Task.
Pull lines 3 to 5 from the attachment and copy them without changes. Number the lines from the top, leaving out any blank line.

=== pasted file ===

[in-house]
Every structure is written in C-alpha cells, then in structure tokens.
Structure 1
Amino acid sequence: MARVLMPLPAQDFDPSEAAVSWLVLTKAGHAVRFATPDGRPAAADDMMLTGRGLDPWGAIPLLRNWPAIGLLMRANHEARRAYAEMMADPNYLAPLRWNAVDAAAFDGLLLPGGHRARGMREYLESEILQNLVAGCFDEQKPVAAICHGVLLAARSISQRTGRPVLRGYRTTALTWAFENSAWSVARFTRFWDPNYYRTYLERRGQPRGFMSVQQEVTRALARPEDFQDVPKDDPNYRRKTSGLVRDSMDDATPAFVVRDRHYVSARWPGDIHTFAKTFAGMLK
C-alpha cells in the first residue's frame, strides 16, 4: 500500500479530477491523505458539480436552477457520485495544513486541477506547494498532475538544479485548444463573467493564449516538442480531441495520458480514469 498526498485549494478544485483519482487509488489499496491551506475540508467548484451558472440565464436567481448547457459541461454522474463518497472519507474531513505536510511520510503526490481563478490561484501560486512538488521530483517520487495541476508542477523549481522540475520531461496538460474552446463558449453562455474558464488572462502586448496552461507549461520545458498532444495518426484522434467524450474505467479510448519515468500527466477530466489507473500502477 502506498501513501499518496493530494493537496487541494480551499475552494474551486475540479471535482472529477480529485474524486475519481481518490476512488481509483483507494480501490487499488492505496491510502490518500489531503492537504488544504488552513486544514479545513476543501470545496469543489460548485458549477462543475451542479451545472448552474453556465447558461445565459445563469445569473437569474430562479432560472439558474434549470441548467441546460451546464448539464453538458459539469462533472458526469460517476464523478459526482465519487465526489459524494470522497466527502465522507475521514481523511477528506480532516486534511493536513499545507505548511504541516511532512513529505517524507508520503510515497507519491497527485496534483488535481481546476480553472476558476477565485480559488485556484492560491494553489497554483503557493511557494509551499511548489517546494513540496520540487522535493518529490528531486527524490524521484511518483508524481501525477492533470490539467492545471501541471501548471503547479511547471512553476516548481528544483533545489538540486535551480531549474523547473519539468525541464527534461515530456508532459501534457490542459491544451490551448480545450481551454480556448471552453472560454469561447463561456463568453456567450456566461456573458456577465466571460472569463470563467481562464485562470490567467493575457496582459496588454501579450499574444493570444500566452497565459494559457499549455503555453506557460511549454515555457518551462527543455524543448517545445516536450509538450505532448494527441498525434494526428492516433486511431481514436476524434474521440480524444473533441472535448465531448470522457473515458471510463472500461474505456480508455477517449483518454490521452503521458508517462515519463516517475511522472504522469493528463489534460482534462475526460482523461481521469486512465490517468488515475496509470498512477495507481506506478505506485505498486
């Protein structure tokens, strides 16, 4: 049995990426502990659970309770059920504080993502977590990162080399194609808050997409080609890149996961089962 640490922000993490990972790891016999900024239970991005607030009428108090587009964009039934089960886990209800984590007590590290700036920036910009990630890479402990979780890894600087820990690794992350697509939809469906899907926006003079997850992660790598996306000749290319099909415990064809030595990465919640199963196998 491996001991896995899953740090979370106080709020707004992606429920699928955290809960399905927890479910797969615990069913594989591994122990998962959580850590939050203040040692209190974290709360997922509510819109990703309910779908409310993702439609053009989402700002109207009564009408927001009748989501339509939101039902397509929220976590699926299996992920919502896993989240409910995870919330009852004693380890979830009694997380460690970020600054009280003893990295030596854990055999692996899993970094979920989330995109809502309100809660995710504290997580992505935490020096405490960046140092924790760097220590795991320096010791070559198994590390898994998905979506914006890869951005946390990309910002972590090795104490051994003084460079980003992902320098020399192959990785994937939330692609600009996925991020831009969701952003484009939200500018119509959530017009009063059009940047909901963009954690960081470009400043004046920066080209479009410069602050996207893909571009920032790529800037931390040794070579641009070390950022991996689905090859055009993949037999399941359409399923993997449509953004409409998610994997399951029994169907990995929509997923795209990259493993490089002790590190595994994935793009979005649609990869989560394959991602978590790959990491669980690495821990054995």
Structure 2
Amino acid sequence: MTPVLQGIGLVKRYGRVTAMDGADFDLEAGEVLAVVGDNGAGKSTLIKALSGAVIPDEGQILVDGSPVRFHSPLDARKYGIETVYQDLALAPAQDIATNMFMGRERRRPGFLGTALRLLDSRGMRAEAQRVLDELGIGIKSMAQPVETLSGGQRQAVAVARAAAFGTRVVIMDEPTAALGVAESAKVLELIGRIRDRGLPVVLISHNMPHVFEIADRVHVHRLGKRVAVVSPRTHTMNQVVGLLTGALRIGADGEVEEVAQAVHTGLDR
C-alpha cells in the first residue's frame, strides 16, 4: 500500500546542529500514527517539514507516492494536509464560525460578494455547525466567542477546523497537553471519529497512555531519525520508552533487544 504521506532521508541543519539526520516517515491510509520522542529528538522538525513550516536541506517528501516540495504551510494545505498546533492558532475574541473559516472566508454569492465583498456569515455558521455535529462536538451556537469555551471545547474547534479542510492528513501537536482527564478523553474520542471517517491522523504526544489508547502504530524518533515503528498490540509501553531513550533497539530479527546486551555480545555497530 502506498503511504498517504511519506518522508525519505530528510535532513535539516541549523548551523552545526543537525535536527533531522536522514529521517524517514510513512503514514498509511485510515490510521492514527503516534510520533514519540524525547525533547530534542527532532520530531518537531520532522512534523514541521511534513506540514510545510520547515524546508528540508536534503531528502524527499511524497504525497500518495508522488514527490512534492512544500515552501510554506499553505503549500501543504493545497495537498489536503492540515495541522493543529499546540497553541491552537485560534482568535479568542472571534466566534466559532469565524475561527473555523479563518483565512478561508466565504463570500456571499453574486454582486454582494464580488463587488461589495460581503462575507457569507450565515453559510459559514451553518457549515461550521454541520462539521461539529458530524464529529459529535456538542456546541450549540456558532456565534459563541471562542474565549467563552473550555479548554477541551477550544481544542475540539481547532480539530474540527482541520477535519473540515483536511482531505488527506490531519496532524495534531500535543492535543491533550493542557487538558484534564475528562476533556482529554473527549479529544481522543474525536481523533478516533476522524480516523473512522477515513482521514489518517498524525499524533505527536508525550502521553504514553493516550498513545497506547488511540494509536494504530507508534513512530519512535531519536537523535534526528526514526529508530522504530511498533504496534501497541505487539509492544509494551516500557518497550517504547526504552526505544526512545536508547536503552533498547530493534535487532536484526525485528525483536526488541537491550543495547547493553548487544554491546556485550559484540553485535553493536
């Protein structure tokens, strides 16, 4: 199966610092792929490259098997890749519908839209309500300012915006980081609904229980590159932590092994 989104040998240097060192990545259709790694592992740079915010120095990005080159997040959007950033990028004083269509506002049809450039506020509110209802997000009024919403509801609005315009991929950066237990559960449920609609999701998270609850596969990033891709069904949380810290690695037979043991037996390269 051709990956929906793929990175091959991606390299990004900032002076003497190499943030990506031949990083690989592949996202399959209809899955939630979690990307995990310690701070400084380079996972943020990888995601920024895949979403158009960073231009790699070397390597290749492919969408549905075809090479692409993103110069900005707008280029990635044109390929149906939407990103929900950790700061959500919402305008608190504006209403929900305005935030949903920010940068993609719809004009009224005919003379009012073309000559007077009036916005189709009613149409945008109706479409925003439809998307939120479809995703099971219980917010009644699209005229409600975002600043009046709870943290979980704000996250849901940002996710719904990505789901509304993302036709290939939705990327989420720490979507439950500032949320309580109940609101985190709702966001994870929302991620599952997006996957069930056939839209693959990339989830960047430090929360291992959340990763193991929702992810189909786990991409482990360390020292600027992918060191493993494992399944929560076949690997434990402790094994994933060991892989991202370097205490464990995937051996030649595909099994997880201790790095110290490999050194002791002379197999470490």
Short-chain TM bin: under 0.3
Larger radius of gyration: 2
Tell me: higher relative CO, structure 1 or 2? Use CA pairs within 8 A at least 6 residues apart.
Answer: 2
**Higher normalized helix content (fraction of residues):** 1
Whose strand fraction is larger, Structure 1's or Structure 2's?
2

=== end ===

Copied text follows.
Structure 1
Amino acid sequence: MARVLMPLPAQDFDPSEAAVSWLVLTKAGHAVRFATPDGRPAAADDMMLTGRGLDPWGAIPLLRNWPAIGLLMRANHEARRAYAEMMADPNYLAPLRWNAVDAAAFDGLLLPGGHRARGMREYLESEILQNLVAGCFDEQKPVAAICHGVLLAARSISQRTGRPVLRGYRTTALTWAFENSAWSVARFTRFWDPNYYRTYLERRGQPRGFMSVQQEVTRALARPEDFQDVPKDDPNYRRKTSGLVRDSMDDATPAFVVRDRHYVSARWPGDIHTFAKTFAGMLK
C-alpha cells in the first residue's frame, strides 16, 4: 500500500479530477491523505458539480436552477457520485495544513486541477506547494498532475538544479485548444463573467493564449516538442480531441495520458480514469 498526498485549494478544485483519482487509488489499496491551506475540508467548484451558472440565464436567481448547457459541461454522474463518497472519507474531513505536510511520510503526490481563478490561484501560486512538488521530483517520487495541476508542477523549481522540475520531461496538460474552446463558449453562455474558464488572462502586448496552461507549461520545458498532444495518426484522434467524450474505467479510448519515468500527466477530466489507473500502477 502506498501513501499518496493530494493537496487541494480551499475552494474551486475540479471535482472529477480529485474524486475519481481518490476512488481509483483507494480501490487499488492505496491510502490518500489531503492537504488544504488552513486544514479545513476543501470545496469543489460548485458549477462543475451542479451545472448552474453556465447558461445565459445563469445569473437569474430562479432560472439558474434549470441548467441546460451546464448539464453538458459539469462533472458526469460517476464523478459526482465519487465526489459524494470522497466527502465522507475521514481523511477528506480532516486534511493536513499545507505548511504541516511532512513529505517524507508520503510515497507519491497527485496534483488535481481546476480553472476558476477565485480559488485556484492560491494553489497554483503557493511557494509551499511548489517546494513540496520540487522535493518529490528531486527524490524521484511518483508524481501525477492533470490539467492545471501541471501548471503547479511547471512553476516548481528544483533545489538540486535551480531549474523547473519539468525541464527534461515530456508532459501534457490542459491544451490551448480545450481551454480556448471552453472560454469561447463561456463568453456567450456566461456573458456577465466571460472569463470563467481562464485562470490567467493575457496582459496588454501579450499574444493570444500566452497565459494559457499549455503555453506557460511549454515555457518551462527543455524543448517545445516536450509538450505532448494527441498525434494526428492516433486511431481514436476524434474521440480524444473533441472535448465531448470522457473515458471510463472500461474505456480508455477517449483518454490521452503521458508517462515519463516517475511522472504522469493528463489534460482534462475526460482523461481521469486512465490517468488515475496509470498512477495507481506506478505506485505498486